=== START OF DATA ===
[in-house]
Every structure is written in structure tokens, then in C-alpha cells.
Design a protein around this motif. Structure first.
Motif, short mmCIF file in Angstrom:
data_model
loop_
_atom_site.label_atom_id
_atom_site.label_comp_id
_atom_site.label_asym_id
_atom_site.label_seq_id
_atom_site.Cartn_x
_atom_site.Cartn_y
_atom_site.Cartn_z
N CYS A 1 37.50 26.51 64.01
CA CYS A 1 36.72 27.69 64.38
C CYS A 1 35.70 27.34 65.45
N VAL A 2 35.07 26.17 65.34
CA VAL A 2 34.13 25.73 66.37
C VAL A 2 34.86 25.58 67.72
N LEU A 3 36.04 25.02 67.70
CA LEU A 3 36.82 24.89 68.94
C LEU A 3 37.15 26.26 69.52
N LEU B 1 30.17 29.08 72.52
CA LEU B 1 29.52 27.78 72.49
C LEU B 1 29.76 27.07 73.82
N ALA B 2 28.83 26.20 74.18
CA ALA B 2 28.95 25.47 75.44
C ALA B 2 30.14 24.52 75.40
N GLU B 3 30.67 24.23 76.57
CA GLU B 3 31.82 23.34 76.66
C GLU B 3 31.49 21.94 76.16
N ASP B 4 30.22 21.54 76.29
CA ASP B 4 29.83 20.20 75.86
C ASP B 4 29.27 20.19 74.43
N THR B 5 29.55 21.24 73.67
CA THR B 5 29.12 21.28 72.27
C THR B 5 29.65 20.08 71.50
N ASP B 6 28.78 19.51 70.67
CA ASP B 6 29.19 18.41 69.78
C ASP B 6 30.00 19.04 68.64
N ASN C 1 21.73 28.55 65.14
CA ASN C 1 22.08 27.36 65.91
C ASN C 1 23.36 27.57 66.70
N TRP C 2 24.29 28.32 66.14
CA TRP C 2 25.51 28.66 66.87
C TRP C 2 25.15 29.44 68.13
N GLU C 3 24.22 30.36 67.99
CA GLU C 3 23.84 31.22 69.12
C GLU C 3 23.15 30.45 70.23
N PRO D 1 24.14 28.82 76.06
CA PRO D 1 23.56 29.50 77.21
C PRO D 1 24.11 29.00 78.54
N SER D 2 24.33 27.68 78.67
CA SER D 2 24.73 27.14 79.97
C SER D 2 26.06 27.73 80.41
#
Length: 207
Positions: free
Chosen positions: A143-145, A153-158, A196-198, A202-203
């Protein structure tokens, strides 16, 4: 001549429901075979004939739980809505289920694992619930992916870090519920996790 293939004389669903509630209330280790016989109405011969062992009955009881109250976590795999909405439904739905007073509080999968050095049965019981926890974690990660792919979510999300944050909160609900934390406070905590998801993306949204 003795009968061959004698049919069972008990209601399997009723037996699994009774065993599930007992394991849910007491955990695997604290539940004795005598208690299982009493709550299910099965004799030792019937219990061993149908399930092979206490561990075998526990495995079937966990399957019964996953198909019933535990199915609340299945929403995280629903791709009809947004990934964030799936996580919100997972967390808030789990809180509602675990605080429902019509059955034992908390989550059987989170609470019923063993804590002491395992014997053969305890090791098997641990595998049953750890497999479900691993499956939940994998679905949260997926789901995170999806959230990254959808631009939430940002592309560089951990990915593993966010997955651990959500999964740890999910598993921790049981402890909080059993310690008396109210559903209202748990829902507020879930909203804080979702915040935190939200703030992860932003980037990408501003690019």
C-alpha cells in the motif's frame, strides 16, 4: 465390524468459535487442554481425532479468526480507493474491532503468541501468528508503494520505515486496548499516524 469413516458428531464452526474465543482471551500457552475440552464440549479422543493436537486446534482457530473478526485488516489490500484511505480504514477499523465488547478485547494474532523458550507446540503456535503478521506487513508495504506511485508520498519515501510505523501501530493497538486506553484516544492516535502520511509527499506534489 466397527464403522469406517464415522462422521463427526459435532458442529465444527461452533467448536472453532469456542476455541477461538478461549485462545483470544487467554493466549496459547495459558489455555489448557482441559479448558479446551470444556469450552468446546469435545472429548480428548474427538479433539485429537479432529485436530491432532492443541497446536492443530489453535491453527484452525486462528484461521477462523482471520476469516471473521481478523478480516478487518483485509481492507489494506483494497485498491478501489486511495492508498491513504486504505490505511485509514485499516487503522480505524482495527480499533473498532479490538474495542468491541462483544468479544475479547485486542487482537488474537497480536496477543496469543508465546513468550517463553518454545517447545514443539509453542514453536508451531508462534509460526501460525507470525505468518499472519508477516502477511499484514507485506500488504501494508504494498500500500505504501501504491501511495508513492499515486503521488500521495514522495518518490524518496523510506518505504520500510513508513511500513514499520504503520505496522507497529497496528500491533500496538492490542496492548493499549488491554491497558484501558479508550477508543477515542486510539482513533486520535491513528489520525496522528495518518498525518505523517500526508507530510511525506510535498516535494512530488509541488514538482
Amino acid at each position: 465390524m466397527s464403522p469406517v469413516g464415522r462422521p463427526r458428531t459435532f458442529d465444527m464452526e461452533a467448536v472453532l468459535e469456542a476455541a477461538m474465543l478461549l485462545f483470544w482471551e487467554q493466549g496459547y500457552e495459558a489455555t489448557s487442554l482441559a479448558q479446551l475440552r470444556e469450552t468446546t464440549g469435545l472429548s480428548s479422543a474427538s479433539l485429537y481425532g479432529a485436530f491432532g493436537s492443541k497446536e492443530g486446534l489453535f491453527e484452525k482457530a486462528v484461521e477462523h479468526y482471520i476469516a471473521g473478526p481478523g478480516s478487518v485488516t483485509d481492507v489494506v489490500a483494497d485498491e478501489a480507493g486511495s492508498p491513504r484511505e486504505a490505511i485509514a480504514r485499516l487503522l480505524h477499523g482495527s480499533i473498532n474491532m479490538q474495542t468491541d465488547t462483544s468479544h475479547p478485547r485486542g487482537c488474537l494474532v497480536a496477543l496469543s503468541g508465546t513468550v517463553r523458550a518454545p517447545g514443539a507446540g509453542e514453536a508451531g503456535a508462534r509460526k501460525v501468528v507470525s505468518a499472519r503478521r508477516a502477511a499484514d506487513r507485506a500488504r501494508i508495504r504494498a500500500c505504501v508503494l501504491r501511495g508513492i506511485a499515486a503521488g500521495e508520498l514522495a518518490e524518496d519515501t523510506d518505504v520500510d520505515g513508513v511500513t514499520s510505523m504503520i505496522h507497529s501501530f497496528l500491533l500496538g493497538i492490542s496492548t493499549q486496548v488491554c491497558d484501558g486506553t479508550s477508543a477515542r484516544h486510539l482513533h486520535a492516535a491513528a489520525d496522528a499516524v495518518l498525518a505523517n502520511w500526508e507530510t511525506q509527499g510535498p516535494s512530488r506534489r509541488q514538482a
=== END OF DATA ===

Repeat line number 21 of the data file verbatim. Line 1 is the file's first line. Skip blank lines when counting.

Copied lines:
CA LEU A 3 36.82 24.89 68.94